Keywords: Cardiac mitochondria; Iron overload; Thalassemia; Mitochondrial dysfunction; MCU
Competition of zinc ion for the [2Fe–2S] cluster binding site in the diabetes drug target protein mitoNEET by Guoqiang Tan; Aaron P. Landry; Ruili Dai; Li Wang; Jianxin Lu; Huangen Ding (1177-1184).
Human mitochondrial protein mitoNEET is a novel target of type II diabetes drug pioglitazone, and contains a redox active [2Fe–2S] cluster that is hosted by a unique ligand arrangement of three cysteine and one histidine residues. Here we report that zinc ion can compete for the [2Fe–2S] cluster binding site in human mitoNEET and potentially modulate the physiological function of mitoNEET. When recombinant mitoNEET is expressed in Escherichia coli cells grown in M9 minimal media, purified mitoNEET contains very little or no iron–sulfur clusters. Addition of exogenous iron or zinc ion in the media produces mitoNEET bound with a [2Fe–2S] cluster or zinc, respectively. Mutations of the amino acid residues that hosting the [2Fe–2S] cluster in mitoNEET diminish the zinc binding activity, indicating that zinc ion and the [2Fe–2S] cluster may share the same binding site in mitoNEET. Finally, excess zinc ion effectively inhibits the [2Fe–2S] cluster assembly in mitoNEET in E. coli cells, suggesting that zinc ion may impede the function of mitoNEET by blocking the [2Fe–2S] cluster assembly in the protein.
Keywords: Human mitoNEET; Type II diabetes drug pioglitazone; Iron–sulfur cluster; Zinc binding
Metal binding properties of the EPS produced by Halomonas sp. TG39 and its potential in enhancing trace element bioavailability to eukaryotic phytoplankton by Tony Gutierrez; Dondra V. Biller; Tracy Shimmield; David H. Green (1185-1194).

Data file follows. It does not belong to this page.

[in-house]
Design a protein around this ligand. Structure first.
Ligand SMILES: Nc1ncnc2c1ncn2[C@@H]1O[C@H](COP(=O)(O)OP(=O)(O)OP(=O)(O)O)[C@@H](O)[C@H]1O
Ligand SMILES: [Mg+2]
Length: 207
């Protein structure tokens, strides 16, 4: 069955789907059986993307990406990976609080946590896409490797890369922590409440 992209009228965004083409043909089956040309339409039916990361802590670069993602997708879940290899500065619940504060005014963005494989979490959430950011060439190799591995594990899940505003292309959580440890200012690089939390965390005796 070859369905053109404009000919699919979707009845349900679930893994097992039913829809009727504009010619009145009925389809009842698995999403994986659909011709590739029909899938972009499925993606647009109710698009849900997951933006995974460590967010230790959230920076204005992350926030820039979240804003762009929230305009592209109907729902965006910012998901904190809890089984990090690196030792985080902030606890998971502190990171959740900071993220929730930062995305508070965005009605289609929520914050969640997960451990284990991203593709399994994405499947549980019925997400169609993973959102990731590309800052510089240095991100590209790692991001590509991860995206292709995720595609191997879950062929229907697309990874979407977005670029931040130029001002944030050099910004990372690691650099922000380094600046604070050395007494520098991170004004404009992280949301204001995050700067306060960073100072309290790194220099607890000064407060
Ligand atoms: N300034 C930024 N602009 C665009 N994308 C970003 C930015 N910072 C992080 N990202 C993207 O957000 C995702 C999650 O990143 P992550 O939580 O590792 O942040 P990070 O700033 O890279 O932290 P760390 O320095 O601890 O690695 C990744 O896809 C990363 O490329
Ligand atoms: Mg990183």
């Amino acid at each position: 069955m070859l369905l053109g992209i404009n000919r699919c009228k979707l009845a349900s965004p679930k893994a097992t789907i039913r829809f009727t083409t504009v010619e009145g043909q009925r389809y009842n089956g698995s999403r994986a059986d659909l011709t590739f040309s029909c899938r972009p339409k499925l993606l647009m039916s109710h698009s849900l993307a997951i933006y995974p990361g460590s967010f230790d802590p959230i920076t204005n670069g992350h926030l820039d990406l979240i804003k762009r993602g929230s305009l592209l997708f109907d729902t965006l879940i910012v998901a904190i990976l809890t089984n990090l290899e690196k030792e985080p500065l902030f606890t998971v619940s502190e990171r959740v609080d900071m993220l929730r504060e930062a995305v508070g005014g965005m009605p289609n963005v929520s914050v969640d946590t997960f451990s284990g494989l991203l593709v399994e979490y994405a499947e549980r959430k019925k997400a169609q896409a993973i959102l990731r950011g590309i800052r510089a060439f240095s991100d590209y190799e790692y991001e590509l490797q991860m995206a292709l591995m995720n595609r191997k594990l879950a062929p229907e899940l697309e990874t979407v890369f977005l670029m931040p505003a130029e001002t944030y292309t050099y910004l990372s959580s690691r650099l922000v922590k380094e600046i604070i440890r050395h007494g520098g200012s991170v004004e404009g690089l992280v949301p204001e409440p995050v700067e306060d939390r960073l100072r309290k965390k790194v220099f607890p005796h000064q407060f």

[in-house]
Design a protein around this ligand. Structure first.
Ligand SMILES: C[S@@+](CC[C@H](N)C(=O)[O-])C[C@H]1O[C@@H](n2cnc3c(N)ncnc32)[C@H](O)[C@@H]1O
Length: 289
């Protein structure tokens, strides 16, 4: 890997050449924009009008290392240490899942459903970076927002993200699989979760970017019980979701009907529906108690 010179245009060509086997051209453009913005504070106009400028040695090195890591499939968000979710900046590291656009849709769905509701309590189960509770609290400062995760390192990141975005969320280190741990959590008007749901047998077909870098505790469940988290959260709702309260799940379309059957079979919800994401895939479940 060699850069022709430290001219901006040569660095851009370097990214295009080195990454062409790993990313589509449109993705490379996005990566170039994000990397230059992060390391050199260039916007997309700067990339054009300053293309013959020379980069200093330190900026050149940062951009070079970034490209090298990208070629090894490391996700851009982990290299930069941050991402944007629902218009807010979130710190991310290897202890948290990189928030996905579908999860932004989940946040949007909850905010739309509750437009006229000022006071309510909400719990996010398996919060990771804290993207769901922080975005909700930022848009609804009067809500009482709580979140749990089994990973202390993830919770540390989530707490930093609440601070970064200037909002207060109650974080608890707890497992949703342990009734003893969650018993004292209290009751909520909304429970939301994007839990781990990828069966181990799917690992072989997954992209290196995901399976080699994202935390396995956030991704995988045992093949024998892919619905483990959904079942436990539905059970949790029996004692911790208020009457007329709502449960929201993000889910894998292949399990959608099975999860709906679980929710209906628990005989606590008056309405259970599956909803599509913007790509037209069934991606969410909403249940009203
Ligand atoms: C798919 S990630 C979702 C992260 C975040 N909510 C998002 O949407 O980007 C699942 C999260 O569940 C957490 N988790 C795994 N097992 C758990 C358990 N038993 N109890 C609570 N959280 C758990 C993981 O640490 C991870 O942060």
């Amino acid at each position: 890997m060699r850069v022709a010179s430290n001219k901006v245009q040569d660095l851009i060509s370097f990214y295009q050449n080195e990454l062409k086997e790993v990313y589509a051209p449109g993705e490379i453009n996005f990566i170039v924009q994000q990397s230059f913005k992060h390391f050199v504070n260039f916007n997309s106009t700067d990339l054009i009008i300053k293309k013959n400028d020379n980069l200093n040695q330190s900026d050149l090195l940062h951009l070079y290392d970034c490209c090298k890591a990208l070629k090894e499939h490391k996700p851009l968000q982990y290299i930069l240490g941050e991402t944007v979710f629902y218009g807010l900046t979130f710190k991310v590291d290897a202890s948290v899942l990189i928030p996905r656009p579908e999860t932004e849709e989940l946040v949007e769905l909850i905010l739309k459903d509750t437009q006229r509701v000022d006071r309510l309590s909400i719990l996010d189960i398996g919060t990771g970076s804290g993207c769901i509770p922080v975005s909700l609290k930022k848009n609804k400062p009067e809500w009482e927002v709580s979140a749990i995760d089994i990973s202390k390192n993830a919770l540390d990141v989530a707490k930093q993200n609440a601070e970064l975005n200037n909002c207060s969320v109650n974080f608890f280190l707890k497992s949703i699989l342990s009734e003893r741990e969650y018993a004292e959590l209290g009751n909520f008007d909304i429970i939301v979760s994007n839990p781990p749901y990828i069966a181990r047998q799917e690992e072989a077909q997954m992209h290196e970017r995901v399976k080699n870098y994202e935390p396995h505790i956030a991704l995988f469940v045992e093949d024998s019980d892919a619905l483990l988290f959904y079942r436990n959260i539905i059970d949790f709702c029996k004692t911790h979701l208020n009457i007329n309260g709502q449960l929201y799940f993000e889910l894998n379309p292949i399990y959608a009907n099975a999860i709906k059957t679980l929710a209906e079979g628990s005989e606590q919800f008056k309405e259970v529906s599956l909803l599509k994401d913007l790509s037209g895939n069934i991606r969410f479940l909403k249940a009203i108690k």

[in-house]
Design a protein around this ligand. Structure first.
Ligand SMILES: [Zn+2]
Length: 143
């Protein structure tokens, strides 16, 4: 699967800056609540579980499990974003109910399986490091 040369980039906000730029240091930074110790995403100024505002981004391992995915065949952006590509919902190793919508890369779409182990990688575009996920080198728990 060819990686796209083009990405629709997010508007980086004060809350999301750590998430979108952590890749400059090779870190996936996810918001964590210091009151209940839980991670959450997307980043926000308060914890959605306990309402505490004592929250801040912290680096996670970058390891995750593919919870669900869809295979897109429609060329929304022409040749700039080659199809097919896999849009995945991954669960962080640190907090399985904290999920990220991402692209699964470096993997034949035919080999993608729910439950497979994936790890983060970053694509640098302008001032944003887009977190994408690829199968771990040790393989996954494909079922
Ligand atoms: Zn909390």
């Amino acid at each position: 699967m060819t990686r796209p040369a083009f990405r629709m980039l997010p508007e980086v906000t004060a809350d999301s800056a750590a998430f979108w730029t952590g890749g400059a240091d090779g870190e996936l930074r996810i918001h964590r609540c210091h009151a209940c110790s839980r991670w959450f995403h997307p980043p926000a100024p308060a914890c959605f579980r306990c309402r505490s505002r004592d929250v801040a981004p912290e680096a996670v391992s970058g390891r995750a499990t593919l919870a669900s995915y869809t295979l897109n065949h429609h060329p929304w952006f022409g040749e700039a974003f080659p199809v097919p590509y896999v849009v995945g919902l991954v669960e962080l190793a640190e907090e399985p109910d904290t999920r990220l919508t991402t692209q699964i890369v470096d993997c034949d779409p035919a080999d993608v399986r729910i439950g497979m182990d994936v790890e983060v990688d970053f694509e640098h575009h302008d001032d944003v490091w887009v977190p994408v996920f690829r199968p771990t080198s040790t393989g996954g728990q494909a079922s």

An emergent property of exopolysaccharides (EPS) produced by marine bacteria is their net negative charge, predominantly conferred by their high uronic acids content. Here, we investigated the EPS produced by an algal-associated marine bacterium, Halomonas sp. strain TG39, for its capacity to sequester trace metals and mediate their bioavailability to eukaryotic phytoplankton. Metal analysis of the purified EPS revealed that it contained high levels of K, Ca, Mg and several essential trace metals, including Zn, Cu, Fe and the metalloid Si. Desorption experiments with marine sediment showed that the EPS possessed a specific binding capacity for Ca, Si, Fe, Mn, Mg and Al. Depending on the ionic conditions, Fe was the third or fourth most highly-adsorbed metal out of 27 elements analyzed. Experiments employing Fe-limited synthetic ocean seawater showed that growth of the marine diatom Thalassiosira weissflogii (axenic strain) was enhanced when incubated in the presence of either purified EPS or EPS that had been pre-exposed to marine sediment, compared to non-EPS amended controls. This growth enhancement was attributed to the EPS binding and increasing the bioavailability of key trace metal elements, such as Fe(III). Since the bacterium used in this study was originally isolated from a marine micro-alga, this work highlights the possibility that bacterial associates of eukaryotic algae could be influencing the bioavailability of Fe(III) to phytoplankton via their production of polyanionic EPS. More widely, this work reinforces the potential importance of marine bacterial EPS in trace metal biogeochemical cycling.